Stacy Hurley

Stacy Hurley

Remember – Send me your stories and questions. All are confidential. You can email Ask Stacy at askstacyssw@gmail.com. You can also see follow up information and resources for each topic on Facebook at https://www.facebook.com/askstacyssw.

Question: Dear Stacy, I feel like my anxious thinking is keeping me from being productive and I don’t know what to do about it. Please help!

Answer: Dear Feeling Anxious, I am so glad that you reached out. Anxiety can be very debilitating in all areas of life and you are certainly not alone. Almost 1 in every 3 people in the United States will experience an anxiety disorder in their lifetime, according to the National Institute of Mental Health.

Learning healthier ways to channel your anxiety is the best way to curtail it, but it won’t be easy. Anxious thinking is caused from obsessive thoughts and “what-if” scenarios that you continually replay over and over in your mind. Slowing down “The Wheel of Anxiety” will take practice and intentionality.

What happens on the wheel is this: 1. Anxious mess, 2. Do self-care activities or go to therapy, 3. Hey, I am feeling pretty good, 4. Wait, too good…suspiciously good, 5. Something terrible is going to happen any minute now. (@introvertdoodles)

This “spinning” cycle is like a washer tossing your thoughts all around, creating frustration and exhaustion since you never seem to “solve” what is bothering you. Your mind is telling you to be “worried” so you run through every possible solution which is only giving you an illusion of control. Ultimately, you are attempting to solve an irrational fear using rational thought, and that is impossible!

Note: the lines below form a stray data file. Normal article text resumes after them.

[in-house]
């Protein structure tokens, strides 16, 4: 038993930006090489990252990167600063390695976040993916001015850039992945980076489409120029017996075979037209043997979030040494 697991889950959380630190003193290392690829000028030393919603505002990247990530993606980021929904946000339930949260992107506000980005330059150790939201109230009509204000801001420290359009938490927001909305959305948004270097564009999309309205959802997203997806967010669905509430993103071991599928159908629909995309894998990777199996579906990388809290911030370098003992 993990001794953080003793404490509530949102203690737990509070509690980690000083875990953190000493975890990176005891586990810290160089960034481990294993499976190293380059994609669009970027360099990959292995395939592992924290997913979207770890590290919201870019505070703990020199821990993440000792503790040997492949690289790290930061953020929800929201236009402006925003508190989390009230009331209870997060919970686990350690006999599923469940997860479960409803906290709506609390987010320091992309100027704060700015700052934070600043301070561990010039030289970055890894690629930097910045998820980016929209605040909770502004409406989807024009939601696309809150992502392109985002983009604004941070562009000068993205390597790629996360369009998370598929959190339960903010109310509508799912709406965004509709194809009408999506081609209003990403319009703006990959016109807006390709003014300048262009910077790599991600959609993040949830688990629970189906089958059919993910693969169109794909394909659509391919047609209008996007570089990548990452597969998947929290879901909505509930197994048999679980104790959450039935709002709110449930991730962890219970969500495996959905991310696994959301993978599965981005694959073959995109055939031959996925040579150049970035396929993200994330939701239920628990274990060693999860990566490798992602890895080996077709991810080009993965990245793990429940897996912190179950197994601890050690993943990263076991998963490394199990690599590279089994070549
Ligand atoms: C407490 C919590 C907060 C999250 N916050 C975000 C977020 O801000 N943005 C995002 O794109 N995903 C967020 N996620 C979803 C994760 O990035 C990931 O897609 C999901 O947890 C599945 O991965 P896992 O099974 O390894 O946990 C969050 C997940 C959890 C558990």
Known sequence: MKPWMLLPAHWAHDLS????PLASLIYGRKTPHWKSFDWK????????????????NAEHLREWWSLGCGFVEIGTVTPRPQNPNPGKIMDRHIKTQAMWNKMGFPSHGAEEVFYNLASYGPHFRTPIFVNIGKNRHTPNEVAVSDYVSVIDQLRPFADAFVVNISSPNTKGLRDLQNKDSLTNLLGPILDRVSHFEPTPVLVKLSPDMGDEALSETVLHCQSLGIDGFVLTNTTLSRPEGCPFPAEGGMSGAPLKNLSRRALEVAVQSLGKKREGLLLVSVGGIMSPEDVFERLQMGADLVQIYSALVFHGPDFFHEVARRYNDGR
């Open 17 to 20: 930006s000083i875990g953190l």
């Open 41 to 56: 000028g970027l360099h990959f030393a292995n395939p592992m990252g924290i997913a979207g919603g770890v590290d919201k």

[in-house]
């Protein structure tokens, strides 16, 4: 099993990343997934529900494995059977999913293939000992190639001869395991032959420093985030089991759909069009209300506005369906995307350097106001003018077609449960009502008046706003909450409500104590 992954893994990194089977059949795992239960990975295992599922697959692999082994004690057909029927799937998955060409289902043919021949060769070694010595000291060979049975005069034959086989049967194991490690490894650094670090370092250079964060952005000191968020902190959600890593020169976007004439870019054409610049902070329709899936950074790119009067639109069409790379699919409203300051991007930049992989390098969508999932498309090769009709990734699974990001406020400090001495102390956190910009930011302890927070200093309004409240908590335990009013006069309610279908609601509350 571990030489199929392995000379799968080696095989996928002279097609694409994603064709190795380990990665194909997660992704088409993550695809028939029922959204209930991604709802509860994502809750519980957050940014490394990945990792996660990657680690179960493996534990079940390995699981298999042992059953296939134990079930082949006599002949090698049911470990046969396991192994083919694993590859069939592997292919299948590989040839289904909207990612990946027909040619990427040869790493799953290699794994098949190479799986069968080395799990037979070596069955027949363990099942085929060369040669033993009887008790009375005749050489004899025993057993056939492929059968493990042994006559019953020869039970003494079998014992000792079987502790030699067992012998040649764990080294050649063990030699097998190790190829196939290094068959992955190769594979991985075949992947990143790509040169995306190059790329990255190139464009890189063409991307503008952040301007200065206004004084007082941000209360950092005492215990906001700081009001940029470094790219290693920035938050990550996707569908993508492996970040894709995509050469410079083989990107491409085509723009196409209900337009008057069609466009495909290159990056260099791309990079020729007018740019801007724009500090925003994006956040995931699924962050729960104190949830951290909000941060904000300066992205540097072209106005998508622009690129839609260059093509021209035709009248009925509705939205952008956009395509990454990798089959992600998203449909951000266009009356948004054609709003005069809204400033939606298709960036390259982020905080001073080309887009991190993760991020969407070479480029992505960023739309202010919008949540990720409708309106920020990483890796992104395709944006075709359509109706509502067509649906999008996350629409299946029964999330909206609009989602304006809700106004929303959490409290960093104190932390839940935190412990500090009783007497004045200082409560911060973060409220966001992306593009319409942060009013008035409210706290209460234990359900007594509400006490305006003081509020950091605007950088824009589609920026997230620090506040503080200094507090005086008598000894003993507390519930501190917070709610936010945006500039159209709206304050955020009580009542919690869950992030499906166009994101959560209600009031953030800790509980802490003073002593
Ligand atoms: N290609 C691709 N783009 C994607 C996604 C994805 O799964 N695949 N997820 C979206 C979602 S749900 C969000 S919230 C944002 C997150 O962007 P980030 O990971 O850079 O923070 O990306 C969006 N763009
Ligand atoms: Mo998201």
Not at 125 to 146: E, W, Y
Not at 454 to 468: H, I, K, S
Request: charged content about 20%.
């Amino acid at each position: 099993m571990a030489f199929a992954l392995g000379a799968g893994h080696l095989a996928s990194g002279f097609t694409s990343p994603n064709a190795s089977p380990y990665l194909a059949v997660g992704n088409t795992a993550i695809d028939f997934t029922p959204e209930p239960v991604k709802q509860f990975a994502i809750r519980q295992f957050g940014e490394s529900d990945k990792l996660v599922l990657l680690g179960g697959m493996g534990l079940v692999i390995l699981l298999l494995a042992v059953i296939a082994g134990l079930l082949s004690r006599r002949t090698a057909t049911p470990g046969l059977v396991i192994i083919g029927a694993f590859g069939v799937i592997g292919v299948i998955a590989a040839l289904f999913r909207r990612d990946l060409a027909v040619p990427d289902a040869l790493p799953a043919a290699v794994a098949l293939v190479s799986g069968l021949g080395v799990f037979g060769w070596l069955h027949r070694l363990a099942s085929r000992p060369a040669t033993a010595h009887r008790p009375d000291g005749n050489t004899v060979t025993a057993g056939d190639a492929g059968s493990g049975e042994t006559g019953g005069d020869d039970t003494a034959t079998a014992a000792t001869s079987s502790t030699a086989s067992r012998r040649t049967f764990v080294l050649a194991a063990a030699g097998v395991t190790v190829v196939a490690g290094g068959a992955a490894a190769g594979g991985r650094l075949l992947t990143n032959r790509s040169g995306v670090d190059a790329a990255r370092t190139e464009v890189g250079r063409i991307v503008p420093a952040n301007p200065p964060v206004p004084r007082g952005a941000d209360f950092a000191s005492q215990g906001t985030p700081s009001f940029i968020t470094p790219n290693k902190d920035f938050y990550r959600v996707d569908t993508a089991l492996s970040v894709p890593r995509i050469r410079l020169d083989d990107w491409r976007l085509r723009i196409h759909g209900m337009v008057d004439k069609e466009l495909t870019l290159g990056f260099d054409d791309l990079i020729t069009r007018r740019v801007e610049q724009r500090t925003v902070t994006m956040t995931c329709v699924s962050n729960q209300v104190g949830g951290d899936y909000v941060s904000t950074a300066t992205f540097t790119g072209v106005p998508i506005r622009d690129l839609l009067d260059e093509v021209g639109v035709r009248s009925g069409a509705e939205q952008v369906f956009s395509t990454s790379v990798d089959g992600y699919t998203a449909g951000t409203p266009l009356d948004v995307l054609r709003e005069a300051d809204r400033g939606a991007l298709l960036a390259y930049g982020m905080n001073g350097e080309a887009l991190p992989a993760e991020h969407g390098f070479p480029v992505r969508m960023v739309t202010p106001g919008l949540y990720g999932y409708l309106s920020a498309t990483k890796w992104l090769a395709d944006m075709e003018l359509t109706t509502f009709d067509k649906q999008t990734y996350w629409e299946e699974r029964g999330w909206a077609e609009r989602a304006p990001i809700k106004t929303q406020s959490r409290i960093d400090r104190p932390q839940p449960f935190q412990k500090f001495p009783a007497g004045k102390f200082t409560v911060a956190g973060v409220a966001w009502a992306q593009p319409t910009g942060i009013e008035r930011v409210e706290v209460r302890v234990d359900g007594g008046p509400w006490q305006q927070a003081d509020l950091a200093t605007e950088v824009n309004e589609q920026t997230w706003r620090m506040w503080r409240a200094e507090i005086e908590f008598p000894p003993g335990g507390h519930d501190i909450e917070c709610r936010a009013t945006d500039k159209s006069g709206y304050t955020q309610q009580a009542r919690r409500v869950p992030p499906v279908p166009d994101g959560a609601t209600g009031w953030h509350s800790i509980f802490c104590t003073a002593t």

“To keep anxiety at bay, we should sit with it. This means choosing actions that address the anxiety itself rather than dealing with the subject we think we’re anxious about.” (Vicki Botnick, MA, MS, MFT)

I know this may sound scary, to “sit” with your anxiety, but this will help you learn your signs and how to let go. Understanding that stress and anxiety go hand in hand can help you better identify your stressors and can help you better understand what you are anxious about. I usually recommend journaling or keeping a log of each instance and situation that happens so that you can begin to pinpoint the exact trigger for your anxiety. You have to know yourself and when you begin to feel “different” in order to be able to manage your symptoms.

Unfortunately, the goal of all this will never be to completely eliminate all your symptoms, at some point they will reappear, but when they do, you will be better prepared and know how to manage them to your benefit. If you self-assess that your anxiety has become too severe for you to handle and it is interfering with your work, home life, relationships and daily living, then it may be time to consult a professional. Talk therapy along with behavior modification techniques can really help you tackle anxiety symptoms. You can also talk to your Primary Care Physician and therapist about possible medication options if that is something that you believe may be helpful.

“Anxiety is more common than people realize. You might feel embarrassed, but the truth is that this is part of being a human, and it’s OK to ask for help.” (Jane Pernotto Ehrman, MEd.)

Here are some resources on the topic.

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